Sheffield United plan minimal changes due to tight budget says Paul Heckingbottom

Paul Heckingbottom says Sheffield United will look to make the most of their existing squad rather than overhaul it after a record-breaking relegation.

Sheffield United interim manager Paul Heckingbottom: Planning ahead.

The Blades recently announced interim manager Heckingbottom was on a five-man shortlist for the permanent job but the former Barnsley and Leeds United chief’s cause has not been helped by some lacklustre performances in difficult circumstances.

It has now been suggested the club have gone away from their list to approach Slavisa Jokanovic, a candidate they previously appeared strangely lukewarm towards.

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Regardless of whether Heckingbottom gets the job or not, his inclusion on the shortlist despite having publicly said he wanted to return to his post with the Under-23s shows he is well thought of at Bramall Lane, and the hierarchy have been canvassing his opinions about the future of the club.

Sheffield United's Sander Berge: Target.

With their budget restricted, Heckingbottom says the Blades will make “minimal” changes in the transfer market this summer after two hugely contrasting Premier League seasons.

“I think it will be single figures in and out, definitely,” he said. “If it was an open budget you are looking at going and getting whoever you want to manage, with whatever remit to buy however many players, but it won’t be that.

“It’s going to be making the most of this group who have been successful before, but going back and highlighting what was successful about this group.

“They are quite open about how honest and hard-working they were as a team. As a group, they might not have been the best players on the pitch, but we have been the best team.

Will he stay?: John Egan.

“That’s what the aim needs to be for next season, being the best team on the pitch. But there will be fresh faces. Those fresh faces have to get into the XI.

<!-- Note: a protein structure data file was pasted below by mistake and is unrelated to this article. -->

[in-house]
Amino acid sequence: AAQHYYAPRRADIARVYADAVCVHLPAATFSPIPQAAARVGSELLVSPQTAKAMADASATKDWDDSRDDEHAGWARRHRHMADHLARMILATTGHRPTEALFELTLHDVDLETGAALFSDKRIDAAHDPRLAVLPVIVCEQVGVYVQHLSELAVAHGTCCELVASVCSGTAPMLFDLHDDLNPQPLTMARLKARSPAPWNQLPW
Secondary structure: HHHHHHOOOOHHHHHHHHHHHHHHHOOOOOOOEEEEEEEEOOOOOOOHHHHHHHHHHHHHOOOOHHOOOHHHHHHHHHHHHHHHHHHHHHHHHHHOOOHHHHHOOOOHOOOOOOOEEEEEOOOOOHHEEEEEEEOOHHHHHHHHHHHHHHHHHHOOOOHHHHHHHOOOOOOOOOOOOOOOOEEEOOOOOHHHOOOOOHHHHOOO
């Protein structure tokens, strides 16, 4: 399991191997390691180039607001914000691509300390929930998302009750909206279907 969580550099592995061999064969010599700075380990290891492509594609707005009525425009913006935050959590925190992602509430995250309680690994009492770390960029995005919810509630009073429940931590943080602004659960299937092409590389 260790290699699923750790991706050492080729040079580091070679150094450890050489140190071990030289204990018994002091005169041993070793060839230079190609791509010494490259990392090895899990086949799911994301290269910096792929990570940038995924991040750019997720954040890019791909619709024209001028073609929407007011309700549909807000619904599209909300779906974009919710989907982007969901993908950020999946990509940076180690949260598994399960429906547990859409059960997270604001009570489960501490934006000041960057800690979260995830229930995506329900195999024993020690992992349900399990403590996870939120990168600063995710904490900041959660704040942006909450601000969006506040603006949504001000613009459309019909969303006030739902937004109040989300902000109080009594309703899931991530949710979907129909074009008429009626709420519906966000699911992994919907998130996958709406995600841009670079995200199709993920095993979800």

“If you are only signing three players but those three players are getting into your XI every week that’s a new team. Those three would have to be great lads if they are going to shake up the squad enough to get promoted again.

“It will be minimal numbers but more quality in terms of the signings coming in and affecting the XI.”

The Blades broke their club record transfer fee six times during their two years back in the top flight but relegation and the impact of Covid-19 will put a huge strain on finances.

Norwich City and Watford won promotion back to the Premier League at the first attempt by maintaining a high level of continuity, as did League One champions Hull City, relegated from the Championship in 2020. The third team to drop out of last season’s Premier League, Bournemouth, have qualified for the play-offs.

All three made at least two eight-figure player sales to partly offset the huge loss of revenue after relegation but the Canaries, like Hull, retained their manager, the Hornets continued a policy of constantly changing like-minded coaches and the Cherries appointed Eddie Howe’s assistant, Jason Tindall, to succeed him, before replacing Tindall with Jonathan Woodgate in February.

Chris Wilder’s departure as Blades manager is expected to herald a change of direction with more emphasis on overseas signings and less managerial input in them. With three games to play the Blades have 17 points and a record-equalling 28 defeats, six from Heckingbottom’s seven matches (plus one FA Cup defeat) in temporary charge.

Heckingbottom does not think the dismal end to the season will have much impact on next term. “It will be better if we win games, clearly, but I’m not worried about there being any sort of hangover,” he insisted. “There shouldn’t be because we’ll be starting afresh in a different league.”

Oostende’s Alexander Blessin was thought to be the preferred candidate but does not meet post-Brexit work permit requirements. Jokanovic does, and won promotion from the Championship with Watford in 2015 and Fulham in 2018. With his family based in this country, he was keen to talk to the Blades when Wilder left and it seemed logical to at least have discussions.

After last season’s top-half finish, Wilder focused his summer recruitment on bringing down the average age of the squad, recognising mainstays such as Chris Basham, Enda Stevens, David McGoldrick and Billy Sharp were in their 30s. Oliver Norwood is now 30, and John Fleck reaches the milestone in August.

Heckingbottom handed striker Daniel Jebbison, 17, a Premier League debut on Saturday, having already given 21-year-old Iliman Ndiaye his head in March. In January, 16-year-old Antoine Hackford played for the first time.

The Blades have few players who could be sold for big amounts. Sander Berge, who played in the Champions League before joining, is one, and John Egan, who attracted interest last season, another but the Covid-affected summer transfer window is not expected to favour sellers.

Meanwhile, the Blades are investigating video footage purportedly showing striker Oli McBurnie involved in an altercation in the streets.

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